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Film

Film traces German man's Guantanamo survival

"Five Years" examines the fate of a German Guantanamo prisoner Murat Kurnaz. Director Stefan Schaller's film exposes viewers to the horrific abuse of human rights endured by camp detainees - and how one man survived.

Cinema has always tended to embroil itself in current politics. While there is no standard formula for the genre of political cinema, the success of such films often comes down to the quality of the script and the ability and sensitivity of the director. The German film "5 Jahre Leben" ("Five Years") is one triumphant example.

The background to the film is the case of Turkish-German Murat Kurnaz. Shortly after the terrorist attacks in the United States on September 11, 2001, Kurnaz was captured in Pakistan and taken the notorious Guantanamo detention camp where he was imprisoned for five years.

It became clear just a short time after his arrest that Kurnaz was no terrorist and had nothing to do with the attacks in the US. After countless protests and protracted political and legal wranglings, he was eventually released without charge.

Scandal of a democracy

A scene from Stefan Schaller's film 5 Jahre Leben

German actor Sascha Alexander Gersak plays Murat Kurnaz in the film

Following the wars in Afghanistan and Iraq in the wake of 9/11, Murat Kurnaz entered the German consciousness as the "German Taliban" - a populist appellation concocted by Germany's biggest tabloid newspaper, Bild.

"Guantanamo is increasingly seen as an irritation and not a scandal of a democracy," explained publicist Roger Willemsen, who published a series of interviews with detainees at the camp in his book, "Hier spricht Guantanamo" (Guantanamo Speaks). Now "Five Years" is bringing the scandal to the big screen.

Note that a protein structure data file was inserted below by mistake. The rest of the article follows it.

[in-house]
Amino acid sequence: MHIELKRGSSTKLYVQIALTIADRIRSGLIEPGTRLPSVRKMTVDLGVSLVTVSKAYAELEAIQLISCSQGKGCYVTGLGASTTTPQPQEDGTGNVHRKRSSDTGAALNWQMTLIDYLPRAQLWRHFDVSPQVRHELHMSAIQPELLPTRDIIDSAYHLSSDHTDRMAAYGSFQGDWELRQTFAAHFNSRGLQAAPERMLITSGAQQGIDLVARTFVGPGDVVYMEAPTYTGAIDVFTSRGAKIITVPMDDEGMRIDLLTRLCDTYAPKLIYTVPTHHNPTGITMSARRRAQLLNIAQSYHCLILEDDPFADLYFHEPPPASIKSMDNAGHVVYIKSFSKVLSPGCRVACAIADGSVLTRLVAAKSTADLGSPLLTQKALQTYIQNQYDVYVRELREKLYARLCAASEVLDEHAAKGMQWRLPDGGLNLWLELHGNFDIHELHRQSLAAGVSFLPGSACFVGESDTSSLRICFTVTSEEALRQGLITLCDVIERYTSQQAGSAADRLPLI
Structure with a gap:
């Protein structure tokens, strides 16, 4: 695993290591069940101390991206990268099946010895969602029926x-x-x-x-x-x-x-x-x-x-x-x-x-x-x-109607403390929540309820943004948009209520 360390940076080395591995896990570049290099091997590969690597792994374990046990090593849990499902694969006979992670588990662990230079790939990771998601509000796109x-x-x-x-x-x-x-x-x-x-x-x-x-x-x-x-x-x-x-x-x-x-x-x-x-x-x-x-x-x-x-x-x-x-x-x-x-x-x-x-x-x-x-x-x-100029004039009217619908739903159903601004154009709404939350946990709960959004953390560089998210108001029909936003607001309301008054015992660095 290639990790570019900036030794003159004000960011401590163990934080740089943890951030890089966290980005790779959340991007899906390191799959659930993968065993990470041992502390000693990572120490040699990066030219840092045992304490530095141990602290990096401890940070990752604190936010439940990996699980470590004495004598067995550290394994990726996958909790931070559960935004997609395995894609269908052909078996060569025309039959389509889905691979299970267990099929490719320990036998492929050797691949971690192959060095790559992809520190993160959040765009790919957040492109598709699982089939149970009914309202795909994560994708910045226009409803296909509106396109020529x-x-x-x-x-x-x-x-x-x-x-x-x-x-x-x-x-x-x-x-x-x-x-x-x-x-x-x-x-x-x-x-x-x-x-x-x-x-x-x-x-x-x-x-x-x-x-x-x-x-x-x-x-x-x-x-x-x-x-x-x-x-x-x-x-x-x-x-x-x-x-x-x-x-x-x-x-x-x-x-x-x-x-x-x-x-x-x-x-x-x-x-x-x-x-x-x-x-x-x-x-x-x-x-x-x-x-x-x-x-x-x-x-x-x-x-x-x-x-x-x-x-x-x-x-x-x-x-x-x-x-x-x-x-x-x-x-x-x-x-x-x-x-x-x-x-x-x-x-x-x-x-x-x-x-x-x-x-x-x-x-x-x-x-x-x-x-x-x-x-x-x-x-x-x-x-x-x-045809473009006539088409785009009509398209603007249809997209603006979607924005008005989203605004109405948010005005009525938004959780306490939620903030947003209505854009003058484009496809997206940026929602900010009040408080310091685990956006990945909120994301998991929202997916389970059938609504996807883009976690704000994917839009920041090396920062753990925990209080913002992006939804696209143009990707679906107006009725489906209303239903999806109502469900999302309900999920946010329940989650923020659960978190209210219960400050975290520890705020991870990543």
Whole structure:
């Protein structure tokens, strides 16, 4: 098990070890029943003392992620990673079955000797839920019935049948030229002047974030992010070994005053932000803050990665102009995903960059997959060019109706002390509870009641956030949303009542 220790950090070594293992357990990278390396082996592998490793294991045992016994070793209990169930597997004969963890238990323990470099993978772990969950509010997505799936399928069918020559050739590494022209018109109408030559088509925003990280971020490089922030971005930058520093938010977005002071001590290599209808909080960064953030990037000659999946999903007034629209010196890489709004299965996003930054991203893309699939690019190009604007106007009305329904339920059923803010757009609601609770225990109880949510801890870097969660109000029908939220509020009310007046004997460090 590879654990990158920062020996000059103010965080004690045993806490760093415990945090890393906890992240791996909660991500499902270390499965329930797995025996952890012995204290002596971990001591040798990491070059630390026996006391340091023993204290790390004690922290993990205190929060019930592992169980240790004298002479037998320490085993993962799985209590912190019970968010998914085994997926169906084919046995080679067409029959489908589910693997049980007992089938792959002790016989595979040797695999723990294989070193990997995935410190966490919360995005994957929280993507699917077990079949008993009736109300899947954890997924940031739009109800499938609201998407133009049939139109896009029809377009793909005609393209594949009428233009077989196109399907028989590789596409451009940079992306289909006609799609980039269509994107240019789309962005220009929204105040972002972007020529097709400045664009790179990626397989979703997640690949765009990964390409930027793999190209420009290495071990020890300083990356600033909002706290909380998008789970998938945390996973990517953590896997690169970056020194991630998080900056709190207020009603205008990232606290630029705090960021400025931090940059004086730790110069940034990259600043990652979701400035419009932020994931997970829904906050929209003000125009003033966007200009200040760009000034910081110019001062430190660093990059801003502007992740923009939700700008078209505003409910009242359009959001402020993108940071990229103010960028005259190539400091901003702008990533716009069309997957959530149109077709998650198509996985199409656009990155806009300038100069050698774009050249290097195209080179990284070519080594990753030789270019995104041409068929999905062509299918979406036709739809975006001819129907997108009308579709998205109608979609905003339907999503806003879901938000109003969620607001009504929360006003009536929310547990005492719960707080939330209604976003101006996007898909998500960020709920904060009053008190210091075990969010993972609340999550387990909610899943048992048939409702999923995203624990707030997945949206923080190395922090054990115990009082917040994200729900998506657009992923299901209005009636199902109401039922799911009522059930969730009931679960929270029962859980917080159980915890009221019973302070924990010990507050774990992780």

What would I do if I was imprisoned for almost five years? How would I survive if all of my rights - air to breathe, my private sphere, the most important years of my life - were simply taken away? This is the questions young director Stefan Schaller asked himself a few years ago when he first began to work on the politically explosive material for his film.

Schaller began his studies at the Film Academy in Ludwigsburg in October 2005. However, his interest in Murat Kurnaz was piqued before that time. "Even before my degree at film school I followed the case attentively and met Murat's lawyer, Bernhard Docke," Schaller said.

Inside Guantanamo

Schaller's piece, filmed in Brandenburg and the Babelsberg Studios, focuses almost entirely on two people: Murat Kurnaz and Gail Holford, a US interrogation specialist who questions Bremen-born Kurnaz and tries - unsuccessfully - to extract a confession.

Dramatic but never sensationalized, the style of the film, almost like an intimate piece of theater, makes the work all the more absorbing. The political intrigues in the background, the refusal of the German state to allow Kurnaz to return to his home country after being proven not guilty, and the degrading policies governing the treatment of prisoners during the Bush era are issues Schaller's film more or less ignores.

A scene from Stefan Schaller's film 5 Jahre Leben

Murat Kurnaz was detained, interrogated and tortured for five years at Guatanamo

What it does show in lucid detail, however, is the daily torture of camp detainees in Guantanamo. The film is a metaphor for political failure, Schaller said.

Abuse of human rights

In the foreground of the film is the very human drama of an individual crushed by arbitrary state power. It is, Schaller explained, a "personal answer to the question of what Kurnaz had to endure in order not to give up: the realization that in the end it was all about forcing a confession from him in order to legitimize his detention. […] From a cinematic point of view, we were primarily interested in psychological aspects of such a long, unjustified period of detention."

Articulate and dramatic, but never speculative or reduced to cheap gratuity, "Five Years" tells the story of a one individual's fate, while keeping the issue of human rights abuses in focus.

In January, the work won two prizes at the Max Ophüls Festival in Saarbrücken. Now it's time for the young director to make his mark on German cinema.

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